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Ben Stein

Author of How to Ruin Your Life

42+ Works 1,103 Members 19 Reviews 1 Favorited

About the Author

Ben Stein is a lawyer, economist, writer, actor, teacher, and former game-show host (his show Win Ben Stein's Money won seven Emmys)

Includes the names: Ben Stein, Benjamin J. Stein

Image credit: Photo courtesy of Hay House, Inc.

Works by Ben Stein

How to Ruin Your Life (2002) 149 copies
How to Ruin Your Love Life (2003) 39 copies
Hollywood Days and Nights (1988) 22 copies
On the Brink: A Novel (1977) 22 copies
Croesus Conspiracy (1978) 17 copies
Bunkhouse Logic (1981) 17 copies
Her Only Sin (1986) 16 copies
Ludes (1982) 16 copies
Dreemz (1978) 5 copies
More of Ben (2006) 4 copies
Financial Passages (1985) 3 copies
投资21戒 (2019) 1 copy

Associated Works

Ferris Bueller's Day Off [1986 film] (1986) — Actor — 701 copies
The Mask [1994 film] (1994) — Actor — 284 copies
Soapdish [1991 film] (1991) 39 copies
Wakko's Wish [1999 film] (1999) — Actor — 18 copies
The Wild Life [1984 film] (2014) — Actor — 4 copies


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Common Knowledge




An excellent selection of essays by Ben Stein, with his wit and perception mixed in well.
quinton.baran | Mar 29, 2021 |
If you want to be rich invest in index funds and leave the money there. The book says nothing more than that.
SydneySpaniel | 1 other review | Oct 28, 2017 |
Capitalist Apologist rampant on a field of green

“Corporations don’t start or wage wars, at least not large wars,” says Ben Stein in The Capitalist Code. This is typical of the apologies he makes for the system, in a remarkably naïve and superficial overview of how to survive in the capitalist system. Another is “Probably the worst thing the modern corporation does is oil spills.” I could go on, but you get the idea. He lives in a wonderful world where he benefits from the work of others. And you can too.

Stein of course is well versed in economics, and that makes reading this all the more painful. He wrote it at a less than basic level, to attract millennials who supposedly have no smarts or inclination in this area. This adds insult to injury.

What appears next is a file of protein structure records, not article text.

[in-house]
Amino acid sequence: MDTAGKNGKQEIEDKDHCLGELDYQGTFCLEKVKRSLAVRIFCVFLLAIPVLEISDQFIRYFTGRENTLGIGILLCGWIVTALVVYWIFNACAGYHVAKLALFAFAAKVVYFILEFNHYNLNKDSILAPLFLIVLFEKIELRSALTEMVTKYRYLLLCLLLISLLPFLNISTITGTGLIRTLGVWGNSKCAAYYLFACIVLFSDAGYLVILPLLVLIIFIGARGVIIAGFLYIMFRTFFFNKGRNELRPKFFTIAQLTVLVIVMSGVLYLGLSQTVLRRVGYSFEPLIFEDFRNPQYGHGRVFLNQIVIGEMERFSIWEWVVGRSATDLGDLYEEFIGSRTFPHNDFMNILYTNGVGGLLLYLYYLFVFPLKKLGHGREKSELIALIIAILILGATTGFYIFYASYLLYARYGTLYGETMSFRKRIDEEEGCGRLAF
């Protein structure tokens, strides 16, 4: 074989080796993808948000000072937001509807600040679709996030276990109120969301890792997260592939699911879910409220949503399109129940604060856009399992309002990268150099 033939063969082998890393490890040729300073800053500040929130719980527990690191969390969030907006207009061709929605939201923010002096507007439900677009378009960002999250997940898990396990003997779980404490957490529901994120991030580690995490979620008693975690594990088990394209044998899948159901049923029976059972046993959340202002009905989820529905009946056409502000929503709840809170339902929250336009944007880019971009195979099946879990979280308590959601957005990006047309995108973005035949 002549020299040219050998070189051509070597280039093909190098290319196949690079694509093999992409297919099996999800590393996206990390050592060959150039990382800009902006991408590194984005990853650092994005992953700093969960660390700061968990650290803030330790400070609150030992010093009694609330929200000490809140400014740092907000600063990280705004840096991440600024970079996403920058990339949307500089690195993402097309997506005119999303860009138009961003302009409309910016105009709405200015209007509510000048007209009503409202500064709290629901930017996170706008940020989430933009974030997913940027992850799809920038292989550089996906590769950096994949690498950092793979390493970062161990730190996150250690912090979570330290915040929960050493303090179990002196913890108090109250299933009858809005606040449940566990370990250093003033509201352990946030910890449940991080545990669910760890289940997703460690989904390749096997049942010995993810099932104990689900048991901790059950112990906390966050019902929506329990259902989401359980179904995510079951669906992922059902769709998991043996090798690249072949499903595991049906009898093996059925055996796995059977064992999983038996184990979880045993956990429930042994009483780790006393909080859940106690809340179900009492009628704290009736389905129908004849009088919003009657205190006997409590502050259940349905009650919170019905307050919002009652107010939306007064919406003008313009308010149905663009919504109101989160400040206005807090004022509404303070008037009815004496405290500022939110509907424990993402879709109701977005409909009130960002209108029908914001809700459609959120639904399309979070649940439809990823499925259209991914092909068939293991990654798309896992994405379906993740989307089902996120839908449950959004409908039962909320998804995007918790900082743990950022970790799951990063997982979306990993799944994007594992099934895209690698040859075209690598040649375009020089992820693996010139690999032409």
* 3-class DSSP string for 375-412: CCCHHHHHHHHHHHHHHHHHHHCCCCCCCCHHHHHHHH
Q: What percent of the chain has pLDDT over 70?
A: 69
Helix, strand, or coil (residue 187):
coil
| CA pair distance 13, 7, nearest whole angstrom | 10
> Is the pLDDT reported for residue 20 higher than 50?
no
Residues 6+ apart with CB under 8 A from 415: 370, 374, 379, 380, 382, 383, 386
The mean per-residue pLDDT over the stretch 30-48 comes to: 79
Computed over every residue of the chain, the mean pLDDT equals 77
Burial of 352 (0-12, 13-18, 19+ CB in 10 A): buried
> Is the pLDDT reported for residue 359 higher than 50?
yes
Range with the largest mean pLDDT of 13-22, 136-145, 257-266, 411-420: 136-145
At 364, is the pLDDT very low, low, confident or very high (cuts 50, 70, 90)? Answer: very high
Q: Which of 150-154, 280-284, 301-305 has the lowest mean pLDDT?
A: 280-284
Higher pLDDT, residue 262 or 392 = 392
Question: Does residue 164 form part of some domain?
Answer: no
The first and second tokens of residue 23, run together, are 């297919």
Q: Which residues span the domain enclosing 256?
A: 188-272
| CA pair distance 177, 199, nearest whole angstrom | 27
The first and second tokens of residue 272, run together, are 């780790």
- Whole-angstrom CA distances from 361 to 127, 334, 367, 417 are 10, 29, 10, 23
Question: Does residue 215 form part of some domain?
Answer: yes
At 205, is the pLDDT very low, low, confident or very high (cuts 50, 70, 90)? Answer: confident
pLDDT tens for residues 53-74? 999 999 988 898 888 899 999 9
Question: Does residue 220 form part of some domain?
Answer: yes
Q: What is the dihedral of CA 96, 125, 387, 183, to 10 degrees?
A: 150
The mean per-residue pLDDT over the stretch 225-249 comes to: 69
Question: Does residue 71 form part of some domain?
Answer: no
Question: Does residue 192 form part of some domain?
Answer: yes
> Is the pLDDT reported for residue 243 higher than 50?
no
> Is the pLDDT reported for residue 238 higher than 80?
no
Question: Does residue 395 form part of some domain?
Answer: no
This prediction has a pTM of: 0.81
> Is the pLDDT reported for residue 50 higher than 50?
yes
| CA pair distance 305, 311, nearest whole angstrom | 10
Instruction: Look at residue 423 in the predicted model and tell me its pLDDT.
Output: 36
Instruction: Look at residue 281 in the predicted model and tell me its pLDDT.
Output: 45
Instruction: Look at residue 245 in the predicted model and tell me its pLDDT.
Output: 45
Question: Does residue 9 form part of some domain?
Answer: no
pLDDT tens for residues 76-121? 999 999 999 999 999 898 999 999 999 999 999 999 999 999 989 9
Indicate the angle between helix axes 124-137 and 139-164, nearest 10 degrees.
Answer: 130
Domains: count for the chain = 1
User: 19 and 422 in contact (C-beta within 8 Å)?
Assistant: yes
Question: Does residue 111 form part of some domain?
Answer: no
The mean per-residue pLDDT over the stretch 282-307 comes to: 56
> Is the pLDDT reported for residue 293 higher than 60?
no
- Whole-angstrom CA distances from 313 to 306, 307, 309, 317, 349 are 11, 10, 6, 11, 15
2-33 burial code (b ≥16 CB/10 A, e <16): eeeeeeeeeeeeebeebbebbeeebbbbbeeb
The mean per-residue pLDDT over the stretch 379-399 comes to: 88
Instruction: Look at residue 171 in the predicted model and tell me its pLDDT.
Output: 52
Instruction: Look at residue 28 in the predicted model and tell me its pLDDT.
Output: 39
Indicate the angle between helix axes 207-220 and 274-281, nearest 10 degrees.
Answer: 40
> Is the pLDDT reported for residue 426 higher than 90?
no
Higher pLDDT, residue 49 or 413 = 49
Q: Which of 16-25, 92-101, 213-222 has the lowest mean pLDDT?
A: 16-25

Stein’s prescription is buy stock and hold forever. It did well for him and his idol, Warren Buffet. He ignores all the data that precious few investors do well, or that even fewer companies survive. It is a self-help book and he doles out standard-copy advice. Things like save before you spend, and have plenty of liquid assets before you buy a home. But the main point is to buy stocks, preferably index funds and ETFs that represent a broader swath than just a single firm. Stein repeats this mantra endlessly.

It’s a short little book that you can read in two hours, which does not excuse it. There is a slim column down the middle of the page, as if it were meant to be read on a phone. And lots of blank pages among the 125 or so of text. If you want financial advice, there is better out there.

David Wineberg
… (more)
DavidWineberg | 1 other review | Jul 29, 2017 |
An anti-self help book which true to its title comprises chapter upon chapter of Really Bad Advice. The unrelenting facetious tone became harder and harder to endure as the book progressed. I felt it would have benefitted greatly from a respite, perhaps in the form of interspersed or even alternate chapters detailing what actually happens to people who do these extremely inadvisable things. Anything to give the brain a rest from all that nudging and winking. That being said, it's all true: doing any of this stuff will ruin your financial life, and the rest of your life along with it.… (more)
muumi | 1 other review | Apr 13, 2016 |


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